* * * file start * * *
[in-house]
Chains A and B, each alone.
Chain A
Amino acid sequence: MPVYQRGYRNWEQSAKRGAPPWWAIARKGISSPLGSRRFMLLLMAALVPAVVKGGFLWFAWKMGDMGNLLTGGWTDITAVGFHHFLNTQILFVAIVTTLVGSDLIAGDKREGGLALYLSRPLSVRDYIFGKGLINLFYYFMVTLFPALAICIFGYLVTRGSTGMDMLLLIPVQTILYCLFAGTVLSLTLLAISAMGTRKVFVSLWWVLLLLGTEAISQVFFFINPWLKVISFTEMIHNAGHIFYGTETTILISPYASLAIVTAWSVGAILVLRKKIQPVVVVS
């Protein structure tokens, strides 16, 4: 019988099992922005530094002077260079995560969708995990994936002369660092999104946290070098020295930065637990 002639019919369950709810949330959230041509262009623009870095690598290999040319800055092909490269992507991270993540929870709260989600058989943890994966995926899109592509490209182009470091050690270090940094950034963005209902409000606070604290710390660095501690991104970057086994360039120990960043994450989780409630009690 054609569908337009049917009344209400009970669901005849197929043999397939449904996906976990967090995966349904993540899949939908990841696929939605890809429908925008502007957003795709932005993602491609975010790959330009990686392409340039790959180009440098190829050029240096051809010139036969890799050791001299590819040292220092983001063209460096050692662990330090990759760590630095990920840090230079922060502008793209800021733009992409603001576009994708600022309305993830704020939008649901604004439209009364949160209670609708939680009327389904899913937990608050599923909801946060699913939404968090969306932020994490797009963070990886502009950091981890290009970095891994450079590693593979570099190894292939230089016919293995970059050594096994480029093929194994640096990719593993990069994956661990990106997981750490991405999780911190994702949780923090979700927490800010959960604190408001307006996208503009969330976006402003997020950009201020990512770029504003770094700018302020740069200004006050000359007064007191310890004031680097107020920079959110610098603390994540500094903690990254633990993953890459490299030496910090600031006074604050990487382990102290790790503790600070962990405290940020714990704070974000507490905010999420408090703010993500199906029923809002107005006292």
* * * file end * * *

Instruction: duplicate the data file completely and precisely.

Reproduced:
[in-house]
Chains A and B, each alone.
Chain A
Amino acid sequence: MPVYQRGYRNWEQSAKRGAPPWWAIARKGISSPLGSRRFMLLLMAALVPAVVKGGFLWFAWKMGDMGNLLTGGWTDITAVGFHHFLNTQILFVAIVTTLVGSDLIAGDKREGGLALYLSRPLSVRDYIFGKGLINLFYYFMVTLFPALAICIFGYLVTRGSTGMDMLLLIPVQTILYCLFAGTVLSLTLLAISAMGTRKVFVSLWWVLLLLGTEAISQVFFFINPWLKVISFTEMIHNAGHIFYGTETTILISPYASLAIVTAWSVGAILVLRKKIQPVVVVS
């Protein structure tokens, strides 16, 4: 019988099992922005530094002077260079995560969708995990994936002369660092999104946290070098020295930065637990 002639019919369950709810949330959230041509262009623009870095690598290999040319800055092909490269992507991270993540929870709260989600058989943890994966995926899109592509490209182009470091050690270090940094950034963005209902409000606070604290710390660095501690991104970057086994360039120990960043994450989780409630009690 054609569908337009049917009344209400009970669901005849197929043999397939449904996906976990967090995966349904993540899949939908990841696929939605890809429908925008502007957003795709932005993602491609975010790959330009990686392409340039790959180009440098190829050029240096051809010139036969890799050791001299590819040292220092983001063209460096050692662990330090990759760590630095990920840090230079922060502008793209800021733009992409603001576009994708600022309305993830704020939008649901604004439209009364949160209670609708939680009327389904899913937990608050599923909801946060699913939404968090969306932020994490797009963070990886502009950091981890290009970095891994450079590693593979570099190894292939230089016919293995970059050594096994480029093929194994640096990719593993990069994956661990990106997981750490991405999780911190994702949780923090979700927490800010959960604190408001307006996208503009969330976006402003997020950009201020990512770029504003770094700018302020740069200004006050000359007064007191310890004031680097107020920079959110610098603390994540500094903690990254633990993953890459490299030496910090600031006074604050990487382990102290790790503790600070962990405290940020714990704070974000507490905010999420408090703010993500199906029923809002107005006292």